Its New Years Day 2014.  I’m feeling quite lazy today, yet motivated.  Is that a contradiction in terms?  Not too long ago I took a pile of black, white, red, and gray scraps from my stash and cut them into random width strips.  I filled a bin with these scraps and put them away for later.

I want to use them up this year so I’ve decided to make a string quilt.  It seems like the perfect project for New Years Day.  Today, I don’t want to worry about measuring and math – I just want an easy, no planning required project.  Plus, I’m still on my kick – (Read that: resolve) to use up some of the scraps and stash that I have on my sewing room shelves. This really is an easy technique with No Strings Attached! 

Bucket of strings, strips, and scraps!
Bucket of strings, strips, and scraps!

String quilts get their name because they are often made from strips leftover from other quilting projects (strings). Often, these quilts are made by quilters (like me) who don’t want to throw any scraps away.  I’ve always liked string quilts for the scrappy unplanned look of the random pieced blocks. These blocks typically have a slightly wonky asymmetrical look that appeals to me. It really is a form of organized chaos.

You can make a block for a string quilt any size you choose. You can arrange them in any pattern you choose, and string quilts are a great way to use those small leftovers from your stash to create something vibrant and colorful. The blocks follow a free-form random color placement. Strips are cut anywhere from 1″ to 2-1/2″ and are sewn to a muslin foundation using a flip, sew, cut and press method.

My string quilt blocks are starting as 7″ x 9″ rectangles.  Although the blocks will be random, the color theme is planned at Black/White/Gray. There will be one consistent color placement in the blocks – a red diagonal strip.  The rest of the strings (strips) will be unplanned black, white and gray in random widths and angles rippling out from the center red diagonal string.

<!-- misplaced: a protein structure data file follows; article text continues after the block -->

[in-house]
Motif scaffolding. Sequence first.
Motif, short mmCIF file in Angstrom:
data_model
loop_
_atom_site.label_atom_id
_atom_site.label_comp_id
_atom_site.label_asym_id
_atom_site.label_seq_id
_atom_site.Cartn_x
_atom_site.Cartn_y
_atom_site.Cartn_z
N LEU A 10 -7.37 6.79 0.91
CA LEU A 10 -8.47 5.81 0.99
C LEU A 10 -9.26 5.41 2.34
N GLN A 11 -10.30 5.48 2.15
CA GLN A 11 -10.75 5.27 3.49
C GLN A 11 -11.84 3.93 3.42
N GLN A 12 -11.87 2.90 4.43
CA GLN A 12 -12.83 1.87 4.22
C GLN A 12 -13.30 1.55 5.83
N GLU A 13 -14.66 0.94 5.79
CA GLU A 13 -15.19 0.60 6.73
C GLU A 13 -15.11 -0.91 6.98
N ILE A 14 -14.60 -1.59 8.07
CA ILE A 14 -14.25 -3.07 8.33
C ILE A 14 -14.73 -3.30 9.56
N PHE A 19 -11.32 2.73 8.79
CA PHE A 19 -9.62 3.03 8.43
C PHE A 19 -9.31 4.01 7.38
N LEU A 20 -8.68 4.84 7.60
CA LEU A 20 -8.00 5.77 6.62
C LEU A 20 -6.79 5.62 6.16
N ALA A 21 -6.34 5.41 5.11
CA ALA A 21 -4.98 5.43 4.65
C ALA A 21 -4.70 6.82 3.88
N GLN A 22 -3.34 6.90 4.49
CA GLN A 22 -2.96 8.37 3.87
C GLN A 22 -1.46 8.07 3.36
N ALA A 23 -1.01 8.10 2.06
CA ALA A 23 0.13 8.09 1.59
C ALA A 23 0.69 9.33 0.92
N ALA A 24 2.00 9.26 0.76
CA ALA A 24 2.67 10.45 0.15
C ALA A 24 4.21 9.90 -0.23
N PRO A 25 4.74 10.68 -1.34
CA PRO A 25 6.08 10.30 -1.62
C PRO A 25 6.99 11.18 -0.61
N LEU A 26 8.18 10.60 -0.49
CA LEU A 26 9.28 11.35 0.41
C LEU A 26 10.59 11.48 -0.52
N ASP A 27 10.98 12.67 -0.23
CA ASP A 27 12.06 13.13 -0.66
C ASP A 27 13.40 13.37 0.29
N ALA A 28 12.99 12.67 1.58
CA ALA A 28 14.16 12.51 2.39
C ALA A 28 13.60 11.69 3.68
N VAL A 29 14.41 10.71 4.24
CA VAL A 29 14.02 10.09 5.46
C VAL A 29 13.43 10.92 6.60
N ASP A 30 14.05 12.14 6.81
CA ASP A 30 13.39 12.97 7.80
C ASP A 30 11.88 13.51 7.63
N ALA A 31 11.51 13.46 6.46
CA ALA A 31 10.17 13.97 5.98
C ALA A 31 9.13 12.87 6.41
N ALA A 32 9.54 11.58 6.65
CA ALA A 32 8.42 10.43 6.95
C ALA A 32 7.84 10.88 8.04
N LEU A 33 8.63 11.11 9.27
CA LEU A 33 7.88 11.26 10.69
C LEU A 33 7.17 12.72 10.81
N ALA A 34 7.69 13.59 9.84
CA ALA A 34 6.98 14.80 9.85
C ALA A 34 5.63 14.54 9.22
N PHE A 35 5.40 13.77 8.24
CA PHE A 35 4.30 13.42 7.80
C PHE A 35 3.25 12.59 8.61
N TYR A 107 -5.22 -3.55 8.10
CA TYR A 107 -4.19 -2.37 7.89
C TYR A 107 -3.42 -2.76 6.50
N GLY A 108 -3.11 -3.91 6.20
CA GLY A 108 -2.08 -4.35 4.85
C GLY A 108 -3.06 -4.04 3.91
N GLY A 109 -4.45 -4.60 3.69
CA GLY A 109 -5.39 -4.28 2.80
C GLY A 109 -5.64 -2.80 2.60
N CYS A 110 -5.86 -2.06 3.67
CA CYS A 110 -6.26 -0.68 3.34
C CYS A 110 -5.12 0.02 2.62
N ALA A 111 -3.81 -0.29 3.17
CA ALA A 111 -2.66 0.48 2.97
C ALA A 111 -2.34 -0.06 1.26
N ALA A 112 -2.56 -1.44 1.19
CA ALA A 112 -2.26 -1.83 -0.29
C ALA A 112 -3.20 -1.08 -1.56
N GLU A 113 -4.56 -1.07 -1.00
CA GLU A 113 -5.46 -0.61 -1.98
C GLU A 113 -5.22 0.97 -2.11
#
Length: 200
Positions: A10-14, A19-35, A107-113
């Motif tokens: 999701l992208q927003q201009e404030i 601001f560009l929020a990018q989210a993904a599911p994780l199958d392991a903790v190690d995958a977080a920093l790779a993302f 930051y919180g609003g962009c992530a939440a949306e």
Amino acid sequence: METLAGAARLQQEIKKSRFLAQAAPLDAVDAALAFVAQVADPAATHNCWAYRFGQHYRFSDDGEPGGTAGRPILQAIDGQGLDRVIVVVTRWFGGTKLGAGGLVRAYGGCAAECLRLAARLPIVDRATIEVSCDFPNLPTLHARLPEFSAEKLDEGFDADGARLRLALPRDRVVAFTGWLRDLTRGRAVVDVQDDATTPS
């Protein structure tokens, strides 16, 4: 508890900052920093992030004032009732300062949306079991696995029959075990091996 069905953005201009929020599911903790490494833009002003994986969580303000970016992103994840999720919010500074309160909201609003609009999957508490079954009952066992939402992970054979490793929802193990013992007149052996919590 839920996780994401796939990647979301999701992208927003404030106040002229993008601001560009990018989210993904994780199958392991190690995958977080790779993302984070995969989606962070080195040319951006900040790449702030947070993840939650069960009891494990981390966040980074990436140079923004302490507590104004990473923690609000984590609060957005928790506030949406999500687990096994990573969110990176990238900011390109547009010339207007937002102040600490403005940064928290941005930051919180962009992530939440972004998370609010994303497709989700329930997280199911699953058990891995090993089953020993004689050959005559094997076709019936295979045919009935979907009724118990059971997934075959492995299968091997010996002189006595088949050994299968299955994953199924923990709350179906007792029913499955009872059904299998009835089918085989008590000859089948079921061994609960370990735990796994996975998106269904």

I started by placing the red strip on a diagonal of my muslin foundation.

I selected a strip from my bucket that was long enough to run over the edges of the foundation block. I sewed along the cut edge at a random angle. Once the seam was sewed, I folded the foundation back and trimmed 1/4″ from the seam, flipped the strip over and pressed the seam flat.

2013-12-29 16.52.27  2013-12-29 17.40.04

Place, sew, and flip the second string along the edge of the first string. Turn the block over, tuck the foundation under and trim long ends of the strip, leaving an inch or so of fabric extending past the edge of the foundation.

Continue in this manner until the foundation is covered

I pieced  one side of the diagonal and then completed the second side. The edges on the front of the block looked jagged, and the center diagonal remains the focus of the piecing. I keep a small pressing board and cutting station close to my machine so I can trim and sew without getting up.

Flip the string block over!

The foundation is covered now and ready to be trimmed. Use a sharp rotary cutter and ruler to trim to the edges of your muslin foundation. Make sure the blocks remain true to square at the corners.

2013-12-29 17.40.13  2013-12-29 17.41.24

I still  have a long way to go, but here is the beginning of a new quilt. My first UFO of 2014.

2013-12-29 17.45.35

There are many different sizes and arrangements for string quilts.  You can even use this project as excuse to share and trade scraps with your quilting friends.

Take some time to search for string quilts on the internet and you will see some fabulous quilts!

Here are a few links I found to get you started:

String Quilt Blocks – A Tutorial

String Quilting Primer – Layouts, looks, and sizes

QNN TV – Video Tutorial for String Quilts by Quilty

Happy New Year – Happy Quilting!